Common birds to visit your feeder

A freshly-filled bird feeder can bring life to a backyard, deck or window. First one bird finds the feeder then entire flocks. Soon the feeder needs filled more than once a day.

Certain birds tend to frequent bird feeders in winter more often than others. In a three-week series, I’ll help you identify some of the more common birds at your feeder. All of the following birds have been attracted to sunflower seeds.

Black-capped chickadee

Black-capped chickadee

Black-capped chickadee

The bold markings on chickadees make them easy to identify at bird feeders especially since they are a grab-and-go bird only taking one seed at a time.

The black-capped chickadee may be the most identifiable with its black cap and bib, white cheeks and underside, and gray back, wings and tail. Black-capped chickadees are quick to discover bird feeders with sunflower seeds, peanuts, peanut butter, mealworms or suet. They also feed on bits of fat or meat from carcasses (if you choose to hang a bone leftover from hunting season in a tree).

Like many other birds that frequent feeders, black-capped chickadees form winter flocks composed of other chickadees, nuthatches, woodpeckers, kinglets, brown creepers, warblers and vireos (depending on the region).

Mountain chickadee

Mountain chickadee

Mountain chickadee

Mountain chickadees are similar to black-capped chickadees in appearance except they have a white stripe above their eye that bisects their black cap. They also form winter flocks with kinglets and nuthatches.

In addition to foraging at feeders, mountain chickadees eat pine seeds. They tend to shell seeds by holding them between their feet and hammering the seed apart with their beak.

Chestnut-backed chickadee

Chestnut-backed chickadee

Chestnut-backed chickadee

As their name implies, chestnut-backed chickadees sport a chestnut color on their back. Like the black-capped chickadee, they have a black head and bib and white cheeks.

They tend to form winter flocks with golden-crowned kinglets, red-breasted nuthatches, brown creepers and mountain chickadees.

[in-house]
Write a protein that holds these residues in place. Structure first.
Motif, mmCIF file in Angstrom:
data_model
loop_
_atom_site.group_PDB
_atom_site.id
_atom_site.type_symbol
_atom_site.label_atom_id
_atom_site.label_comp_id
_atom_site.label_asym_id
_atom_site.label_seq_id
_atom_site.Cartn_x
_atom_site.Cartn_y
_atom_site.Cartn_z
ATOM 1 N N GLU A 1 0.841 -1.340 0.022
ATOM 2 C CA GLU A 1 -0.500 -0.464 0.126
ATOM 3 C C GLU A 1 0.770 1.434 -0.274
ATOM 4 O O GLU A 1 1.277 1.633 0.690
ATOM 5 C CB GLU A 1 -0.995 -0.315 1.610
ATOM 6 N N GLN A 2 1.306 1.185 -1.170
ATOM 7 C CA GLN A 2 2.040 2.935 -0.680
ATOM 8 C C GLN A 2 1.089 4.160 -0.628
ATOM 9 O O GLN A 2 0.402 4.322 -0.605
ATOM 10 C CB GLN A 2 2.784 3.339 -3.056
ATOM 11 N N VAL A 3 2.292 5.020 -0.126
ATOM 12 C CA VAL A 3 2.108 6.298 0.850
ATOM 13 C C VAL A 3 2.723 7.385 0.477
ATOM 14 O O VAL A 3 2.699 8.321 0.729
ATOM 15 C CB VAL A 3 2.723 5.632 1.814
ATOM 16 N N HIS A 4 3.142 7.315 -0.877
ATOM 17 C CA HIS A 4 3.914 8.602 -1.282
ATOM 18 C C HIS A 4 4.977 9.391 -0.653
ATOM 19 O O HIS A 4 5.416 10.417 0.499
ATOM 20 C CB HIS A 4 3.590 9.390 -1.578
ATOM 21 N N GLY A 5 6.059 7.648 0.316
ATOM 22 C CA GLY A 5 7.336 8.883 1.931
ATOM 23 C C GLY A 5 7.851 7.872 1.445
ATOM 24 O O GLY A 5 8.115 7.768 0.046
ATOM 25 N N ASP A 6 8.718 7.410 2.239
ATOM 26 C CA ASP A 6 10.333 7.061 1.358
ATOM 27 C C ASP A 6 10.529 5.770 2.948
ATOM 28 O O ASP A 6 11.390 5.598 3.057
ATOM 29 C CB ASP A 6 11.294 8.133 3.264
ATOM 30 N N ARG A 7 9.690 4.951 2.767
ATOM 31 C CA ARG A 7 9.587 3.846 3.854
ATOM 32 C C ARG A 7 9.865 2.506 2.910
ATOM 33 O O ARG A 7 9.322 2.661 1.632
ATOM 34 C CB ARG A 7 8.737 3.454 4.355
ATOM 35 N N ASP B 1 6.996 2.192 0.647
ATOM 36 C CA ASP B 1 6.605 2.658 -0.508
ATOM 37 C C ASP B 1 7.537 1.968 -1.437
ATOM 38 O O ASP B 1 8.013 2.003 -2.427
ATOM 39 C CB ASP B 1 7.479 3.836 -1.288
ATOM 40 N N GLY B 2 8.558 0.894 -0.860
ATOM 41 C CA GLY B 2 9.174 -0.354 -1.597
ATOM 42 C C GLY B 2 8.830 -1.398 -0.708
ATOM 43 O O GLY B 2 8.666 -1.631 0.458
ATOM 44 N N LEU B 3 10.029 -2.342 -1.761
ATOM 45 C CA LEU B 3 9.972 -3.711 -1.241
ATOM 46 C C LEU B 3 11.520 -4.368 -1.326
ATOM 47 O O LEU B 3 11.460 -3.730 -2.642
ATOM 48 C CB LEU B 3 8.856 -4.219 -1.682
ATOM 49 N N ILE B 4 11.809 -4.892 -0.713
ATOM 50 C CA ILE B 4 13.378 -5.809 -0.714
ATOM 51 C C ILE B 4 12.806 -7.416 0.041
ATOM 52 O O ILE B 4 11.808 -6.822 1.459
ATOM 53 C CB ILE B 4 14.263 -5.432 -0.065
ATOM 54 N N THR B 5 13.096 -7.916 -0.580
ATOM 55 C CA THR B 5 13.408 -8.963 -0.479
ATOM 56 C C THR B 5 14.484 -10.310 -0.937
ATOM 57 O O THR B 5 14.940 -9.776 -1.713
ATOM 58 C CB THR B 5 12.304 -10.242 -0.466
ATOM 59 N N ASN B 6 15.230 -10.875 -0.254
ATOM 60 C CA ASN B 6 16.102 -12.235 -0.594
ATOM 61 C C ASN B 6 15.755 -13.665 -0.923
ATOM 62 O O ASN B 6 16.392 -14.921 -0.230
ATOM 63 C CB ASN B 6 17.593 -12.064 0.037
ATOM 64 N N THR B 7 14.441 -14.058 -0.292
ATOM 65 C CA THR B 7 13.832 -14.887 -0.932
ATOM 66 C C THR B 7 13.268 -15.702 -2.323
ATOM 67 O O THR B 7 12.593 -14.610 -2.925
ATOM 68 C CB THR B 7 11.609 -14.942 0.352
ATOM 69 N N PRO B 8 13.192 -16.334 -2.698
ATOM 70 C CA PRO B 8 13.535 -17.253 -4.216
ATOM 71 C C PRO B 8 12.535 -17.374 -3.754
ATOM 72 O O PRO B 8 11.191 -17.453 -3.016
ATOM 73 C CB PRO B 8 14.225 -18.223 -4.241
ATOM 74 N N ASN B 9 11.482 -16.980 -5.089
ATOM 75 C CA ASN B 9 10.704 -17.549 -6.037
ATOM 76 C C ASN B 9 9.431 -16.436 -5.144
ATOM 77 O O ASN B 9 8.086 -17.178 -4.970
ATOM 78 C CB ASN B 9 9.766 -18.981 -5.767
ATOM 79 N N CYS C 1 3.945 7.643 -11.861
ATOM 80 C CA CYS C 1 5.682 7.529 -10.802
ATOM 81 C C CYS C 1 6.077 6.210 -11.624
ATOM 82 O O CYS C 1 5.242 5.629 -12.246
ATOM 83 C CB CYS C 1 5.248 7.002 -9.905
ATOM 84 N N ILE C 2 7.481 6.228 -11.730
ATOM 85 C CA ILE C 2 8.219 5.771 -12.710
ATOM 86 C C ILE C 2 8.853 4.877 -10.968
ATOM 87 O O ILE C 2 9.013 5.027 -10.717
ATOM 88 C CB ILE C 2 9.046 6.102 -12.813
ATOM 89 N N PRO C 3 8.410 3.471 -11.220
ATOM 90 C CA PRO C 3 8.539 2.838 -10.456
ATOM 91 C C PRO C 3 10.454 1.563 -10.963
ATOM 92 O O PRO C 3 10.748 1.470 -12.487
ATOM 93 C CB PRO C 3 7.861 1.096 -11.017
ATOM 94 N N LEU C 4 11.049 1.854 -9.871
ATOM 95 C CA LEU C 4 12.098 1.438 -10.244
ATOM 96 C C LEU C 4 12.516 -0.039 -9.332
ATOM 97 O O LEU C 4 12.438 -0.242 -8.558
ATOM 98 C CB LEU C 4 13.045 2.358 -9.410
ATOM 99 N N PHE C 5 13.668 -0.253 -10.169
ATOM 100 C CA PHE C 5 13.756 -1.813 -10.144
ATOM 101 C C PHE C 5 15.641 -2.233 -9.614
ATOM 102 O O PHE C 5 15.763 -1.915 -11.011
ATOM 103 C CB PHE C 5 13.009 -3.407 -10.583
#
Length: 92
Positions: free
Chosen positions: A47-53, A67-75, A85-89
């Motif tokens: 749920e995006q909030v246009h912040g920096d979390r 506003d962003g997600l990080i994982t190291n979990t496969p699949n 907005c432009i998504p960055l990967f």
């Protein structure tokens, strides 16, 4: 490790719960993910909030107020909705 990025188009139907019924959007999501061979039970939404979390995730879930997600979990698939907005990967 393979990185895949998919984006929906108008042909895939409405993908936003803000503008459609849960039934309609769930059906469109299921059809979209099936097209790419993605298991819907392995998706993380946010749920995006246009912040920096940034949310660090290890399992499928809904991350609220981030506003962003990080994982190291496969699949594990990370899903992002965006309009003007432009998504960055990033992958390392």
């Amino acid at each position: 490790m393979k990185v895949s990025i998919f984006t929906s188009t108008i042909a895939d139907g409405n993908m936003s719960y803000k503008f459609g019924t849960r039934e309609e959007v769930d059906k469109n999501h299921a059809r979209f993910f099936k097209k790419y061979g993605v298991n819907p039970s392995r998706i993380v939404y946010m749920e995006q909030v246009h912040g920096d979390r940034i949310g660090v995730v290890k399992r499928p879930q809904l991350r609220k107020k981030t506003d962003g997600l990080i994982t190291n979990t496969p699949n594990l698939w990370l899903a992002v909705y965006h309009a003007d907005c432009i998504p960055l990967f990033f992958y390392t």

Red-breasted nuthatch

Red-breasted nuthatch

Red-breasted nuthatch

Often found in flocks with chickadees and other small birds, red-breasted nuthatches have their own distinct markings. They have a black cap with a white stripe above their eye similar to chickadees. As their name implies, they have a rusty-cinnamon colored breast and belly with a blue-gray back. They also have a longer, narrower bill than chickadees.

In addition to conifer seeds, red-breasted nuthatches eat sunflower seeds, peanuts and suet from bird feeders.

Dark-eyed junco

Dark-eyed junco "slate-colored" subspecies

Dark-eyed junco “slate-colored” subspecies

Another boldly colored bird is the dark-eyed junco. They are one of the most common birds in North America but exhibit regional differences.

Two subspecies found here are the Oregon and slate-colored juncos. The slate-colored juncos are dark gray except for a white belly and white outer tail feathers. The male Oregon junco has a black head and neck, brown back, gray tail and white belly and outer tail feathers. Slight variations exist when the two subspecies interbreed.

Dark-eyed junco "Oregon" subspecies

Dark-eyed junco “Oregon” subspecies

The dark coloration on top and light color below is called counter-shading and makes it harder for predators to detect the birds when looked down upon from above.

While juncos prefer millet they eat sunflower seeds at feeders. Nearly 75 percent of their diet year-round is composed of seeds.

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